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Killer C's: Starlin Castro, Casey Coleman Lead Cubs Over Rockies

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Well, look at that.

The Cubs now go into Sunday's game with a chance to actually win a series over the Rockies in Denver for the first time since August 3-5, 2004, when they swept a three-game set. The recent bad performance by the Cubs in Denver is unusual -- they're 7-14 there since '04. When the Rockies franchise was first created, the Cubs actually played them better at Coors Field than at Wrigley Field; they went 23-19 there from 1995 through 2004.

Saturday night, Starlin Castro had a career-high-matching four hits, including his first home run of the season, and the Cubs beat the Rockies 8-3, exploding for a season high 17 hits and evening up the team record at 7-7. Castro's big night raised his batting average to .397, which, pending the end of Saturday's Cardinals/Dodgers game, will rank either fourth or fifth in the National League. Casey Coleman went into the sixth inning and allowed just one run before being taken out as a precaution after a line drive went off his leg. It ended a seven-game Rockies winning streak and was the first Colorado loss of the season in nine innings (their previous two defeats were both in extra innings).

Even more miraculous, Koyie Hill had his first hit of the season -- a beautifully placed bunt. Hill later scored on Castro's home run. Coleman also had a hit and it strikes me that perhaps he could fill the old Jason Marquis role on the team, being able to pinch-run and maybe pinch-hit once in a while if needed.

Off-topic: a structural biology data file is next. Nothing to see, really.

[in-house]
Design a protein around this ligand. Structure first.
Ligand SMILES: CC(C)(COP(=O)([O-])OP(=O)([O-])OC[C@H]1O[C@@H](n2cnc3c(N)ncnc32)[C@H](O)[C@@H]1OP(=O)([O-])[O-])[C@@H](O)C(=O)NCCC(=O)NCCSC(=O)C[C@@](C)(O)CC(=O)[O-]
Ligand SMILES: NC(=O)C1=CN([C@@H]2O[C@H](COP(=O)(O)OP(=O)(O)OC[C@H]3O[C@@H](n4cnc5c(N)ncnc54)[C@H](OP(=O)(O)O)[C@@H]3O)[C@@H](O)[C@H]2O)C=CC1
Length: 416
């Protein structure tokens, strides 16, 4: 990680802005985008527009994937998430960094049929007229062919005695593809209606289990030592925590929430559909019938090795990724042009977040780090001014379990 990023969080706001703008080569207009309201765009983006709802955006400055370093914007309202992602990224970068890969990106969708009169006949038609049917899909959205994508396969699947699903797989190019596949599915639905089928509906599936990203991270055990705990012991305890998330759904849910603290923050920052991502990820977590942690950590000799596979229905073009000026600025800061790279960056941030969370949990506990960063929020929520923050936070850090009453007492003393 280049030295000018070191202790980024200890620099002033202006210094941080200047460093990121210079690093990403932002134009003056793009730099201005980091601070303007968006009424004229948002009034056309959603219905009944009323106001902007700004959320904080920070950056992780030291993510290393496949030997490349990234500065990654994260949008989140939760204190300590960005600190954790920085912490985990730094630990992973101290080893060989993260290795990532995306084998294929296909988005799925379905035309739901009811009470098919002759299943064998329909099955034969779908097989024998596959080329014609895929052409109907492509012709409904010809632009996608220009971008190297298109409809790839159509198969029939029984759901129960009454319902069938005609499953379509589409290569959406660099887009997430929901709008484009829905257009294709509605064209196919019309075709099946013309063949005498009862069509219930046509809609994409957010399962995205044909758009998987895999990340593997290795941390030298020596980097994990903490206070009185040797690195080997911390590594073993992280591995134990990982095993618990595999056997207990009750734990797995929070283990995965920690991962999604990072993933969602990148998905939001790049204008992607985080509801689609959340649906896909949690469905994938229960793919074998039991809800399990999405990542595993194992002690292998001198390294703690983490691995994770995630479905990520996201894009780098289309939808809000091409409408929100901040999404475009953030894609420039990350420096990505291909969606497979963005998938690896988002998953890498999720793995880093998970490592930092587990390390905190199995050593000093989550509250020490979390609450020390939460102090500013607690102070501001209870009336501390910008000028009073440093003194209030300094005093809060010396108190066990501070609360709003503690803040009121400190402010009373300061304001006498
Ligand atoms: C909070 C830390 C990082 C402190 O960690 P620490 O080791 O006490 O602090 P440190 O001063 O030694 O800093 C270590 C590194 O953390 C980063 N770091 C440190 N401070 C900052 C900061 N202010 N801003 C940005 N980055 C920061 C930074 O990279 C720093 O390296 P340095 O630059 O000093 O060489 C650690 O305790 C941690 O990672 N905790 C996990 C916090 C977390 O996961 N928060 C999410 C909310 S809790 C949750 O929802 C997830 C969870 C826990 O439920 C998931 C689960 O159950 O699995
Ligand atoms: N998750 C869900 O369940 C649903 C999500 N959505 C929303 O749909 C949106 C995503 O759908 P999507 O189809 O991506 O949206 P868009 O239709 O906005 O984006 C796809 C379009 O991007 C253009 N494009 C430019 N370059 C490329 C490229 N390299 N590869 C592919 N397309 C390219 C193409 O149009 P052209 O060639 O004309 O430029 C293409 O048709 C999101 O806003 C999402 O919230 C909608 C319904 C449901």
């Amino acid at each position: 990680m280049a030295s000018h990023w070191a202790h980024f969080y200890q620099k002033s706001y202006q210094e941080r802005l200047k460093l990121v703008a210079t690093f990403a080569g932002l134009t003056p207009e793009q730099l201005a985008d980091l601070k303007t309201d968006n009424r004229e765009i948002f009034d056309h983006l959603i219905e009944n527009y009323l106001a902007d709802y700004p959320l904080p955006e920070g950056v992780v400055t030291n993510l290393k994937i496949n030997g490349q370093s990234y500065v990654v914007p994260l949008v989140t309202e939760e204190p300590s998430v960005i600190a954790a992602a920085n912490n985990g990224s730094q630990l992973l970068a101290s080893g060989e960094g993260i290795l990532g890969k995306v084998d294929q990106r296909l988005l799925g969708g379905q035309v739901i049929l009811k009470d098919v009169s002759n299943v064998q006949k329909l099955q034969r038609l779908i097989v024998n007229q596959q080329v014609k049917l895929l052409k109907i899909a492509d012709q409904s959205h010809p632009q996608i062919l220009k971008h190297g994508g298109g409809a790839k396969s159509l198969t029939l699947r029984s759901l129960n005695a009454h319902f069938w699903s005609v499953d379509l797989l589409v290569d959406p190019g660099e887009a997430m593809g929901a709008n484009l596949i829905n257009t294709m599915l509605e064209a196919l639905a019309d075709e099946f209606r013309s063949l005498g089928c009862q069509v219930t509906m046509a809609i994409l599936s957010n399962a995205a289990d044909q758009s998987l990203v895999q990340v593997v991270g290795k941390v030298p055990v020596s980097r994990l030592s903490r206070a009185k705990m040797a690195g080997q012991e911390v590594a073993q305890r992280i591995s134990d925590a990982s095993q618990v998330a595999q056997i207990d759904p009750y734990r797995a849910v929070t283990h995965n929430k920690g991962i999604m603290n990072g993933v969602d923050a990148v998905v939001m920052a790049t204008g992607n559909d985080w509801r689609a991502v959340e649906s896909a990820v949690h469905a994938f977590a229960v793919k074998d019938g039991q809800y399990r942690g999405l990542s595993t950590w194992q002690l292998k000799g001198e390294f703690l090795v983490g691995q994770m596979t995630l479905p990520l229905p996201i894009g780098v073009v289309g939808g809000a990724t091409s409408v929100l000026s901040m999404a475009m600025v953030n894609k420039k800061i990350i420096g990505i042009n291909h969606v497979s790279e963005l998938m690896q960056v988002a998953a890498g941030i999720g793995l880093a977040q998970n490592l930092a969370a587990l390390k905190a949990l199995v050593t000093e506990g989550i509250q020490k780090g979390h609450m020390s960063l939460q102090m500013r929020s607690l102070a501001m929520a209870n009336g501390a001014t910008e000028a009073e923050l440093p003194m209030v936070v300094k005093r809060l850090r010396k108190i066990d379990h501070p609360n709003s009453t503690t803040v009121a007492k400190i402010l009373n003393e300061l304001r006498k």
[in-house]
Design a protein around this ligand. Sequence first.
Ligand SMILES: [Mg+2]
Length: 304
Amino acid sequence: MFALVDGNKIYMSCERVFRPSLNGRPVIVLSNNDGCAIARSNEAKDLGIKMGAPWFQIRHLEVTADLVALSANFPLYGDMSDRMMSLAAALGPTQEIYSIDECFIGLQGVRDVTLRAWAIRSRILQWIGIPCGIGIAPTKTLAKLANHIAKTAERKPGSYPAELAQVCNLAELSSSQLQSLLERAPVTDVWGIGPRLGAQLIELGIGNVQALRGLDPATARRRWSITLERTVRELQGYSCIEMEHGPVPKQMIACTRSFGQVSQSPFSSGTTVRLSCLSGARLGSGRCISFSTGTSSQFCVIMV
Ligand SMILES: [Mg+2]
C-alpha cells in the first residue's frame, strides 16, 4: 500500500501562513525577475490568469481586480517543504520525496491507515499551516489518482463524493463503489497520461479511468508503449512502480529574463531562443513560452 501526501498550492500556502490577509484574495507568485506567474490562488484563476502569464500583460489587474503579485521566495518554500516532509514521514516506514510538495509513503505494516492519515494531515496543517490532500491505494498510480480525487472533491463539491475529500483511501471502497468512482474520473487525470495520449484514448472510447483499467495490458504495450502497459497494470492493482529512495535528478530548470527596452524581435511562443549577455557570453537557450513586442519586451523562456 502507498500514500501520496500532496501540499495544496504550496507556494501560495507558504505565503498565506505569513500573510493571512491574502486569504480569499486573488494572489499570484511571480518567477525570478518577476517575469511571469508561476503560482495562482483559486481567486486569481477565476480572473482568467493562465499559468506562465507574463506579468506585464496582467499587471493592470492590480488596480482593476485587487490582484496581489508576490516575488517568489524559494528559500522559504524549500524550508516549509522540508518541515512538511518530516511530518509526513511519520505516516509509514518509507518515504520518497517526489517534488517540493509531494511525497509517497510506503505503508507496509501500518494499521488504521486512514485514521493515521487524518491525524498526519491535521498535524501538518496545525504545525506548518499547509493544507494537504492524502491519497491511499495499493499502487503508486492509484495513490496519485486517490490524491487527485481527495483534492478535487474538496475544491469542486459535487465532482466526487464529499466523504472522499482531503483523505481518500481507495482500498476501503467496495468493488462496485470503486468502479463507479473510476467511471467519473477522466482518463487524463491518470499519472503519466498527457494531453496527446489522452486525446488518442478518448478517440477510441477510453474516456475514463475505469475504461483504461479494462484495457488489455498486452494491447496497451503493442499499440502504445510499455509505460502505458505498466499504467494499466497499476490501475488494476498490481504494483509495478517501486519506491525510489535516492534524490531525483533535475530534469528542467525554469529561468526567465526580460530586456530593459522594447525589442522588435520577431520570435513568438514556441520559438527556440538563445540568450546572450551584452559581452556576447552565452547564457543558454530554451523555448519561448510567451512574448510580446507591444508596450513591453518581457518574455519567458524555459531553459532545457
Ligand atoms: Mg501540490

Len & Bob spent a fair amount of the telecast extolling the virtues of fried Twinkies. You could probably gain weight just looking at one of those. But that's the kind of fun you can have when your team is winning. Alfonso Soriano also homered Saturday night, his fifth of the season; in all the major leagues, only Lance Berkman and the Rockies' Troy Tulowitzki have more. And the Cubs have held "Tulo" down pretty well in this series; he did triple and score a run for Colorado in this game, but his home run streak was halted at four.

James Russell threw just two pitches on Saturday night, leading to speculation that Jeff Samardzija will be the individual starting the "College of Pitchers" when it goes Tuesday night against the Padres at Wrigley Field. But two pitches shouldn't rule Russell out, either, nor should it be felt that management couldn't come to its senses and put an actual starting pitcher on the mound on Tuesday evening. Who should that be? Does it matter? The Rockies need a starter on Sunday and they're starting Alan Johnson, a seven-year minor league veteran who has made 148 minor league starts without even sniffing a September callup and who hasn't posted an ERA under 5 since 2007. Why not just throw a dart at the Triple-A Iowa rotation and call up whoever's chosen?

Oh, and one more thing. Jason Giambi is 40. He looks a lot older. He can still hit, but he's a statue in the field.

Anyway, with Ryan Dempster going Sunday, this gives the Cubs a decent shot at winning the series (caveat: the Cubs' history when seeing pitchers like Alan Johnson who they've never seen before), which would also give them a winning road trip and two consecutive winning series. Nothing wrong with that. Sunday's game preview will be up at 12 noon CDT.